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These Essays, written at intervals during a space of seven years, are now reissued with no change beyond the correction of an occasional error, the addition of an occasional note, and the excision or modification of an occasional phrase or passage. To omit or to rewrite any part would be to forfeit the one claim which I should care to put up on their behalf; that they give frank and full expression to what were, at the time of writing, my sincere and deliberate opinions. Only where I have detected a positive error or suspected a possible injustice have I changed or cancelled a syllable. As I see no reason to suppress what I have no desire to recant, I have not allowed myself to strike out the rare allusions, which might otherwise have been erased, to such obscure and ephemeral names or matters as may be thought unworthy even of so slight a record as the notice here conferred on them. The one object which gives to this book whatever it may have of unity is the study of art in its imaginative aspects. I have desired above all things to avoid narrowness and dogmatism, and to say simply what I think or perceive to be the truth on such matters, and on such only, as I can claim at least to have studied with the devotion of years to the utmost of what ability was in me. The convictions expressed are in any case my own, and due to the inspiration of no party, no stranger, and no friend. My judgment has been guided wholly by my sense of the service or the disservice done to art by the works or the opinions on which I have taken occasion to remark. I have spoken but once or twice at the outside either of bad work or bad criticism, of folly or of falsehood, of ineptitude or of malignity; my chief aim, as my chief pleasure, in all such studies as these has been rather to acknowledge and applaud what I found noble and precious than to scrutinize or to stigmatize what I might perceive to be worthless and base. It is not indeed always possible to show cause for our admiration of great men and their great work, and not seem in passing to stigmatize by implication the base work or the baser comments on other men's work of those who hate and covet the greatness which they can neither injure nor attain, the glory which they can neither diminish nor endure; to praise what is good in any kind is to dispraise what is bad, and every honour done to men worthy of honour is an insult to men who are powerless to confer it and hopeless to receive.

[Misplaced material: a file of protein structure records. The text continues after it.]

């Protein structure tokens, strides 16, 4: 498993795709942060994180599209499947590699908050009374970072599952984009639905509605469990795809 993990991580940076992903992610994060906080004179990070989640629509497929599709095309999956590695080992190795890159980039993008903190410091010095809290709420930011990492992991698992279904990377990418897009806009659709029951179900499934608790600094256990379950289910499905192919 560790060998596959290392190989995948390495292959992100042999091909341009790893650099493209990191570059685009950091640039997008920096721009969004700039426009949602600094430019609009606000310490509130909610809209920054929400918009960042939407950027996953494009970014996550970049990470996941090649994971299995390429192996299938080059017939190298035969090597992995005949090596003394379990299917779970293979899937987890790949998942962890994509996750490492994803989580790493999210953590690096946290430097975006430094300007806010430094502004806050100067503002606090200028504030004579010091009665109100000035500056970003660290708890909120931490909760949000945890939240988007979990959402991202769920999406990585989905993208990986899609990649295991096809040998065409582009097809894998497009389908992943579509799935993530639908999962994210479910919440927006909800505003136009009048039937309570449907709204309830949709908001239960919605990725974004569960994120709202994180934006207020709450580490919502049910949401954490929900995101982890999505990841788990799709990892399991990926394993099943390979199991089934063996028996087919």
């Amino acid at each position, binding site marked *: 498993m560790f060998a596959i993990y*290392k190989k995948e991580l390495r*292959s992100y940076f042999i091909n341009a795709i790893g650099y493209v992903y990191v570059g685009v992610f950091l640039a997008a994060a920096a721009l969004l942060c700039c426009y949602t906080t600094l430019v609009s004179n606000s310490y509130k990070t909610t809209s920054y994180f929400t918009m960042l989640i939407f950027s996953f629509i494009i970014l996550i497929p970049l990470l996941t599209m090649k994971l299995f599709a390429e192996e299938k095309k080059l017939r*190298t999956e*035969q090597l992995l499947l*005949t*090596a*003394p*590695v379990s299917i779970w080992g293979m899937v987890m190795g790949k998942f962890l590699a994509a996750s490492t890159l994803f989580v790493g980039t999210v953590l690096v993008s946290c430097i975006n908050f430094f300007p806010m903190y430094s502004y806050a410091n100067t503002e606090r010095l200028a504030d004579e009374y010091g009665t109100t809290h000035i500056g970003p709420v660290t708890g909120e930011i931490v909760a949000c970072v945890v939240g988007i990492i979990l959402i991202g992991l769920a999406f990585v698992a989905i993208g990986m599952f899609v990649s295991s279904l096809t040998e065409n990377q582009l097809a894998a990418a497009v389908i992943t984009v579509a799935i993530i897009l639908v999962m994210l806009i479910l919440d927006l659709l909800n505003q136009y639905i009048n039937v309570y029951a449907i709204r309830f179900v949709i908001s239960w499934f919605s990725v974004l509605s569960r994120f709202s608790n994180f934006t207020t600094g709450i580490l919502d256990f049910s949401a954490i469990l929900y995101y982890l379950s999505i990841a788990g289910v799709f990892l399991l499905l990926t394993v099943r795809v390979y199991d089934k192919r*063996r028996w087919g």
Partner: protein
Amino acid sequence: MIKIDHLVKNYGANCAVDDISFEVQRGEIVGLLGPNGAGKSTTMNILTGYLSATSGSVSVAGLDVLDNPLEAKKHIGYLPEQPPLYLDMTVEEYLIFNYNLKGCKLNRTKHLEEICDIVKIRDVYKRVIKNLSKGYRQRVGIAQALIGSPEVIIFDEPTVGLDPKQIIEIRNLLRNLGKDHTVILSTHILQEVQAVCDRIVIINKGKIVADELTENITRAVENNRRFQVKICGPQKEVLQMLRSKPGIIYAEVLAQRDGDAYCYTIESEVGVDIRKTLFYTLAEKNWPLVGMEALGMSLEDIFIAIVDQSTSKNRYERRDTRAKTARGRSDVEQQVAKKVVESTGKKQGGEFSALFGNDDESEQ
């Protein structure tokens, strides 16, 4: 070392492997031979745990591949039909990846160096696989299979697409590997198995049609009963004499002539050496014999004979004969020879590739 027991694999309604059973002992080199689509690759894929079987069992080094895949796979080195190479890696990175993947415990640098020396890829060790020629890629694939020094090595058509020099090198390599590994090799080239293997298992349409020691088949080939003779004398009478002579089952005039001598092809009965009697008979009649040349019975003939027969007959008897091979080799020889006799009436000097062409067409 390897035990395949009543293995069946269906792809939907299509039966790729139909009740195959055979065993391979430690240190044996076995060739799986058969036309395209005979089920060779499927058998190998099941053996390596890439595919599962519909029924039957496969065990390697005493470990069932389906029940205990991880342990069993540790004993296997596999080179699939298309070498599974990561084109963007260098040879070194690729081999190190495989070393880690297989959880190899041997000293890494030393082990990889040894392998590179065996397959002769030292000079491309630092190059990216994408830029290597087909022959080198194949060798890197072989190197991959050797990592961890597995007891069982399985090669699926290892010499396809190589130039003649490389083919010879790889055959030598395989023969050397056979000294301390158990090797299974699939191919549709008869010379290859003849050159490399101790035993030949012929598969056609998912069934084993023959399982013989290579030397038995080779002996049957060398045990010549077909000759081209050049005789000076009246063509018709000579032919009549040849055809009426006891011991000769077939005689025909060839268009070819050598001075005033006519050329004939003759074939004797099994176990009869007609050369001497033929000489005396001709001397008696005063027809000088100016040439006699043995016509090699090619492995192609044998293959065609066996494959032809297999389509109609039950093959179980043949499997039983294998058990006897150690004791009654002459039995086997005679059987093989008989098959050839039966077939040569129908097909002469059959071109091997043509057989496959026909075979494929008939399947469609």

To any who may think it presumptuous for a labourer in one field of art to express his opinion on work done in another field, for a student in one line of art to pass sentence on a student or it may be on a master in a different line, I can only say that I see no reason which should

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